Erin Mielzynski has been skiing for most of her life, and for Team Canada since 2008. Her love of the sport is clear in every turn, every flat, and in every moment on the mountain. But the longer she competed and raced for Canada the more she longed to have a legacy that meant more than podiums.
“I have always felt selfish in this pursuit of excellence,” says Erin. “I have tried to be the best person that I can be, however I felt like I wasn’t giving back enough. As a team, we spend most of our season away from Canada, which means that the younger generations never get to see us train, talk to us or get to know us. We are just faces on their screens.”
Skiing, as she puts it, needed to start to mean more to her to keep the motivation high and the drive alive. And in a season so heavily impacted by COVID-19 last year, she saw an opportunity to create community when it was at its most distant.
It was from here that the A Ripple of Light bib project was born.
“Creating the bib project last year was something that I’m very proud of in my career. It was a sense of giving back, connecting with our Canadian racers, and adding some motivation during those tough COVID times. It filled me with an incredible sense of purpose,” Erin reflects.
This year, the project has set its sights even higher, and has partnered with some important organizations to take things to the next level. Grayhawk Wealth stepped up to the plate first, approaching Erin with a potential partnership opportunity. As the two sides connected, they realized that the goal for both parties was the same: work towards something special and impact young women in the ski racing world.
“When Grayhawk stepped in to cover the costs of the bibs, it made it possible to move forward with the project this season. Without Grayhawk, I wouldn’t have been able to raise the funds to pay for my season as well as the funds for the bibs,” says Erin.
With the bibs now covered, the question turned to design and what they would represent. And this is where a very special girl named Abby takes centre stage.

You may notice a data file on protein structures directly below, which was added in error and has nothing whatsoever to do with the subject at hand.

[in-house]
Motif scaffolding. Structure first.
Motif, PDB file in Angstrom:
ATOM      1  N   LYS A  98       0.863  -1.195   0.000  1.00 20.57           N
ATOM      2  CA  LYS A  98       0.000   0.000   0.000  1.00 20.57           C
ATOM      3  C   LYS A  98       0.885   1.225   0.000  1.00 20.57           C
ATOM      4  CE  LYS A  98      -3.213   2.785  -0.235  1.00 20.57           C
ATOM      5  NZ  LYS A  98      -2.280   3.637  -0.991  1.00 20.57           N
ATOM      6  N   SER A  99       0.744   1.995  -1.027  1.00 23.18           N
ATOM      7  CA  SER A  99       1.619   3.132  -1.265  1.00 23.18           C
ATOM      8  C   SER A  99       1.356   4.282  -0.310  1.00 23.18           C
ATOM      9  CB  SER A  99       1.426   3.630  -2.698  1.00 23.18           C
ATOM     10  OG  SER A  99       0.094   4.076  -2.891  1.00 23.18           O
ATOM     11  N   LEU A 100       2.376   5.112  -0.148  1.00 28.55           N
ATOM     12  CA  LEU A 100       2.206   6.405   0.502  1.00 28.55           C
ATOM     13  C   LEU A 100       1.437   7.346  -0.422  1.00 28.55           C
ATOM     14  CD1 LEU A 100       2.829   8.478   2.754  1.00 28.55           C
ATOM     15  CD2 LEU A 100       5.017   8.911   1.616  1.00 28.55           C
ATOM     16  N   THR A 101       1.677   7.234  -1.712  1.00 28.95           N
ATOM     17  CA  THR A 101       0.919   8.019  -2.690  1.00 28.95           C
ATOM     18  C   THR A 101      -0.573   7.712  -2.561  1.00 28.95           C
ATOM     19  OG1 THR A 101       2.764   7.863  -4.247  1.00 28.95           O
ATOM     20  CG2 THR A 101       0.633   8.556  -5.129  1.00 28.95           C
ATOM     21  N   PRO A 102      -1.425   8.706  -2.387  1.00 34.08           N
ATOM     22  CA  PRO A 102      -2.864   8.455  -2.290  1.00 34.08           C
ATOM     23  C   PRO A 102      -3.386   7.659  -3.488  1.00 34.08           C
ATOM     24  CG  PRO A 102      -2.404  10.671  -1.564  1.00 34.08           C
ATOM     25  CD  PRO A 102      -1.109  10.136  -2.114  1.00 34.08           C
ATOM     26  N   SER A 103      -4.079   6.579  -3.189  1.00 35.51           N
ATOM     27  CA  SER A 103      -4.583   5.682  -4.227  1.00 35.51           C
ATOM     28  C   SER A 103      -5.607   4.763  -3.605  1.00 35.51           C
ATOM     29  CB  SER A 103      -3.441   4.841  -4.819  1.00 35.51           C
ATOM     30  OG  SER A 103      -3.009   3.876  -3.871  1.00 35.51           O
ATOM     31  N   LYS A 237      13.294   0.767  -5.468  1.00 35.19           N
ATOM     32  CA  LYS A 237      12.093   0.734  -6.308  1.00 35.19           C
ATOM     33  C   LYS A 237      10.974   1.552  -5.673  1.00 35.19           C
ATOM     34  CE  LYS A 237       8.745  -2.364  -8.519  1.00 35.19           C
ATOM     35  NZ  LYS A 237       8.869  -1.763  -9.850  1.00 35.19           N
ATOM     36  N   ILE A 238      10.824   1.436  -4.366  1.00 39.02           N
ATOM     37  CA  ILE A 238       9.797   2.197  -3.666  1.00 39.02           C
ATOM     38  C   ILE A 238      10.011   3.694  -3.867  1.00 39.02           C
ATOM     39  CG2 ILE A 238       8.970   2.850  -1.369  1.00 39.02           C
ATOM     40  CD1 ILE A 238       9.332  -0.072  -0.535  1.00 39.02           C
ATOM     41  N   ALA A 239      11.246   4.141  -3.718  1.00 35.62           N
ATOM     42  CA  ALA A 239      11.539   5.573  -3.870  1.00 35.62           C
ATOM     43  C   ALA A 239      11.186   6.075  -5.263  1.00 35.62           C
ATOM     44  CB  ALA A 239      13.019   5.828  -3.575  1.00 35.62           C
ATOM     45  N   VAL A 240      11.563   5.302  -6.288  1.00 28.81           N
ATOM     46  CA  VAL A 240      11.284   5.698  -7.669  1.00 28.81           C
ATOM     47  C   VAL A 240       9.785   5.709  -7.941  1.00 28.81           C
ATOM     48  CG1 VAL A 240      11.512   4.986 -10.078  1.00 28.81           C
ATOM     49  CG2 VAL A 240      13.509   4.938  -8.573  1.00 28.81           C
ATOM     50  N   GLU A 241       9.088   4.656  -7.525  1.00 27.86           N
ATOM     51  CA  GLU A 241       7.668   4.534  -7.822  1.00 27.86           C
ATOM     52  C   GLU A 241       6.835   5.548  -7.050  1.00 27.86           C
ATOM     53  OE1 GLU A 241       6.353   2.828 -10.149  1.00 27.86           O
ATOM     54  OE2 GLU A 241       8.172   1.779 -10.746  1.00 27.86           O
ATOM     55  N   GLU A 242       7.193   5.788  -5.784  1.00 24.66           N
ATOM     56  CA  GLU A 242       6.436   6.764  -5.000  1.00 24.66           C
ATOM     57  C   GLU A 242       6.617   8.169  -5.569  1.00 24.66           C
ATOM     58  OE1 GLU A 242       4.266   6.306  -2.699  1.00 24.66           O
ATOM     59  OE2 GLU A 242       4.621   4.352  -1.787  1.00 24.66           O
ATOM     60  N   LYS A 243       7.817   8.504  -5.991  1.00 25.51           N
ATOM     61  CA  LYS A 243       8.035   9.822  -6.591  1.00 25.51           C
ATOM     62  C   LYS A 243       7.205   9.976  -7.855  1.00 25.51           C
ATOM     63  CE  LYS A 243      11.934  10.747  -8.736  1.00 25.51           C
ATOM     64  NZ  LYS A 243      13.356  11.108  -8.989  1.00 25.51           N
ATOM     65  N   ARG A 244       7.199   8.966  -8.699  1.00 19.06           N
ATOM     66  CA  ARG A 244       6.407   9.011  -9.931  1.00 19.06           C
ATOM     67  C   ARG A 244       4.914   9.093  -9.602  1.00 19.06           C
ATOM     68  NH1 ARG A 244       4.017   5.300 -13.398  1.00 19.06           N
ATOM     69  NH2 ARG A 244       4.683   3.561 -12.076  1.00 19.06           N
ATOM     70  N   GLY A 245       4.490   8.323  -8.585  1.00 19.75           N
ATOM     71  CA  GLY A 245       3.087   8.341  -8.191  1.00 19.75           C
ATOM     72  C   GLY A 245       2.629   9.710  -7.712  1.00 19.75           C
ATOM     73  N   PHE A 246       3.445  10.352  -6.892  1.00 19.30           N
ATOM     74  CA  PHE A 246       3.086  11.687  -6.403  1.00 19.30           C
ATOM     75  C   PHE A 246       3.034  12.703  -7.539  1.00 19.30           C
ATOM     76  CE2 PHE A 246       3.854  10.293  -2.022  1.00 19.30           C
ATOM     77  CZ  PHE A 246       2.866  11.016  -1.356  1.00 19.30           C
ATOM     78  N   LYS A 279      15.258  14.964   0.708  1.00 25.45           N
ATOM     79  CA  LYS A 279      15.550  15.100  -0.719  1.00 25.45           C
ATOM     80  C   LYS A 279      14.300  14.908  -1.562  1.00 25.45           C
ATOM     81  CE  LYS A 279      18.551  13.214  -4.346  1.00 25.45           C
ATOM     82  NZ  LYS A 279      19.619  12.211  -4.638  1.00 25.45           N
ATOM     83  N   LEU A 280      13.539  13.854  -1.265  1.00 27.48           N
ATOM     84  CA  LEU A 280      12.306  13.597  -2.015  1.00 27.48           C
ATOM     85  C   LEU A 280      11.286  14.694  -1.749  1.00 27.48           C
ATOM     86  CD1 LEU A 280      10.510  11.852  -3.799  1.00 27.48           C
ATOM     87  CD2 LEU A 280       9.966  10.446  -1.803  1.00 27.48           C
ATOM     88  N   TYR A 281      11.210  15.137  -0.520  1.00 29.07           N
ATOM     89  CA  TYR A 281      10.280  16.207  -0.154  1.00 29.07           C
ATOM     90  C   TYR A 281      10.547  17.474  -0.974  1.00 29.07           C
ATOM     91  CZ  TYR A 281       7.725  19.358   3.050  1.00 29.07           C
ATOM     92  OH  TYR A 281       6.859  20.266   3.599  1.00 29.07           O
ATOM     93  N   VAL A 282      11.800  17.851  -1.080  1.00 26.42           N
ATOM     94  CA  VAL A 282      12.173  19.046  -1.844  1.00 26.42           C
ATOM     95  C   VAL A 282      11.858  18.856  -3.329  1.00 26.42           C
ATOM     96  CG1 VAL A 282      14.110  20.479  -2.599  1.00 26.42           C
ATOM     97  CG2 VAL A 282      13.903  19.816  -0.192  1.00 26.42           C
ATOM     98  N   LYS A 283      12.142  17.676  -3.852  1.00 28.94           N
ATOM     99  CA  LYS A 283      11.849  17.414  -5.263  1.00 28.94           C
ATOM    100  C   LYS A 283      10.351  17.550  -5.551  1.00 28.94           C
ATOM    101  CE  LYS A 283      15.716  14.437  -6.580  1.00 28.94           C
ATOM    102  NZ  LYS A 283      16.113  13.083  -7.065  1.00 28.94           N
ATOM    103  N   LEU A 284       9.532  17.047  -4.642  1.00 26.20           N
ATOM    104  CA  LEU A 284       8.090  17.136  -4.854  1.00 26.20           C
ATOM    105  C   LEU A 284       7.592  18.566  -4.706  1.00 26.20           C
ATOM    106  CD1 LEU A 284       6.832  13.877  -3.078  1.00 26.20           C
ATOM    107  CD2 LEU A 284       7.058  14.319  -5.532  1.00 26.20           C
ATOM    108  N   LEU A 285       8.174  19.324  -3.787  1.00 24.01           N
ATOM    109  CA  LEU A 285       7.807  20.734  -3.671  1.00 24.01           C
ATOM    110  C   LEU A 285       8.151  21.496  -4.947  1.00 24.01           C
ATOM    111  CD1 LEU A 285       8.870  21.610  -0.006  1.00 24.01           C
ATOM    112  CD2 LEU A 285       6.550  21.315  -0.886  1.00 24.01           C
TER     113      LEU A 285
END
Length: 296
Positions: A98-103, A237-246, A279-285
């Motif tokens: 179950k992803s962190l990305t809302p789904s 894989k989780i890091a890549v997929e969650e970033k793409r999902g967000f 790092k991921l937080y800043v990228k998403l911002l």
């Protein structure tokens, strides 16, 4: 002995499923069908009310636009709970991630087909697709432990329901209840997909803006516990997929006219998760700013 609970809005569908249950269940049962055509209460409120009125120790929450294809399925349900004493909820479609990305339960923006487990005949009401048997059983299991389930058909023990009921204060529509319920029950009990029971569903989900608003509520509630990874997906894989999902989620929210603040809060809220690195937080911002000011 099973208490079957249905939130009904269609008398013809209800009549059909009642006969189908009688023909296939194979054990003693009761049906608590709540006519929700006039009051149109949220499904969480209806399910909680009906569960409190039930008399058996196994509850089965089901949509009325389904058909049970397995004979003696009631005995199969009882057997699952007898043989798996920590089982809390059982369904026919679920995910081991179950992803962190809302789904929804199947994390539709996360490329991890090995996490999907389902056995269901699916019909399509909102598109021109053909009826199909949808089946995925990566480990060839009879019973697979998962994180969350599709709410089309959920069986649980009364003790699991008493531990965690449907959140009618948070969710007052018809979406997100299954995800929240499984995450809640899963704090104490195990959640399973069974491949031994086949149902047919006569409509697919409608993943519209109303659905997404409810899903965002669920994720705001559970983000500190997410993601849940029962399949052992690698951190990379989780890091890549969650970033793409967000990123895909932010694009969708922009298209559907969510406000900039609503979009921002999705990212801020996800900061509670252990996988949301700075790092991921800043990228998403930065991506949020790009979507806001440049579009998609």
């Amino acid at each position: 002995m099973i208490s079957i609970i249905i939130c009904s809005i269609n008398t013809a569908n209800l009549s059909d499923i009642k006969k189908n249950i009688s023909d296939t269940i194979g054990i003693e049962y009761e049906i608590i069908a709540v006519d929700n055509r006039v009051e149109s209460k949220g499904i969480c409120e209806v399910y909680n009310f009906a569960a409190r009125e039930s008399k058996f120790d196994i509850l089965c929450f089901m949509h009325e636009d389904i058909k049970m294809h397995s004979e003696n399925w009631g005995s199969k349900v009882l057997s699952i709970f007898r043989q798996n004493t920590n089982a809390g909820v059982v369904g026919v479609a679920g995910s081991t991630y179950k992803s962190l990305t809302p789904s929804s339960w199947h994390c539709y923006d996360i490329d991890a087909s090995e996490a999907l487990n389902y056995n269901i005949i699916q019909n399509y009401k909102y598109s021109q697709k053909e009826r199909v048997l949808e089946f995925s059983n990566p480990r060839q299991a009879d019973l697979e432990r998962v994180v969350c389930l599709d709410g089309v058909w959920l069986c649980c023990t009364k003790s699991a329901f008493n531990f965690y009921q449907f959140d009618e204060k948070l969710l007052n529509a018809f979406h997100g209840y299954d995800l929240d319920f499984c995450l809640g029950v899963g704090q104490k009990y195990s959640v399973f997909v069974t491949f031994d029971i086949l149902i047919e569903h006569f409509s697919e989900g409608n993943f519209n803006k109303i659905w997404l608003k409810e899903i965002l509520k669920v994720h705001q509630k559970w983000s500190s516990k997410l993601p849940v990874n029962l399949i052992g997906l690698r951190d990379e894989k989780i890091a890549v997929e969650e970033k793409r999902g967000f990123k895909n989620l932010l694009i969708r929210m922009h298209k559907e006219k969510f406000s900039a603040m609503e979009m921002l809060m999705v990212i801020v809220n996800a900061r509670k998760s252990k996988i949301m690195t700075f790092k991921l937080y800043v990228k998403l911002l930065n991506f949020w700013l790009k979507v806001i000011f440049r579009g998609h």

“I first heard about the Abby Award when I saw their logo sewn on some of my teammates’ jackets,” says Erin. “I learned that Abby was a young racer who loved the simple things in life, was an amazing friend and teammate, and simply loved to ski. She absolutely embodied motivation, optimism, and resilience. At the age of nine, Abby hit a tree while skiing and tragically passed; that young girl was not able to realize all of her dreams and that love of skiing was cut short.”
Abby’s parents, David and Jessie Wunsch, created the Abby Award in her honour, to be given to the U10 athlete that best portrays hard work, positivity, and a love for the sport. The award is Canada-wide, in all provinces and at 96 ski clubs, spreading Abby’s message of positivity and love for skiing to young racers nationwide.
This year’s bib design will carry her legacy even further. A photo of Abby in the gates will be on the front, with a photo of Erin in the gates on the back.
“I want to help spread Abby’s story even further, and what better way to do it than physically carrying her logo and picture with me down each mountain I conquer,” Erin says. “And it will be absolutely amazing to see so many young ski racers in the project doing the same.”
“What I love about the design is that it shows a young girl’s love for the sport, the beginning, the dreams, the joy, and the nerves,” she continues. “She reminds me to bring bravery, motivation and joy to each run. And I hope I can pass that on to our upcoming generations of young female ski racers as well.”
Abby’s parents feel like these lyrics from Katy Perry describe Abby well: “You just gotta ignite your light and let it shine.” With this bib, Erin and her project are taking that one step further. She is encouraging all young racers to ignite their own lights, to light up the world around us, and to use the flames to ignite the flames of others.
“My goal with the bib project is to leave a small part of myself back home in Canada,” says Erin. “To try to connect all of our female ski racers in Canada, to motive them and build inspiration through our collective stories. I am hopeful that we can carry on Abby’s legacy, bringing a love for the sport that has never been seen before, and I hope that every club in Canada will reach out to the Abby Award to sign up for their project. This is how we will pass on the flame, igniting our lights all over the country.”
Erin has noticed a huge issue keeping girls in sport; roughly one third of girls in sport drop out compared to one in 10 boys. By creating a community that celebrates the love of sport and skiing in particular, it’s her goal to help young girls overcome these odds to realize their sporting dreams as well.
“Sport has taught me so much,” she says. “How to be brave, how to get back up, how to stay motivated and how to chase my dreams. It taught me how to stand up for myself, to advocate for what I believe in, to deal with criticism and how to ask for help. I wouldn’t be who I am without the sporting community. So, if I can help keep just one girl in sport, if I can make sure that girl continues to love skiing forever and passes this love on to others, if she can use what she learns in sport to become happier in life … then I will know that I ignited one other flame, and that is enough.”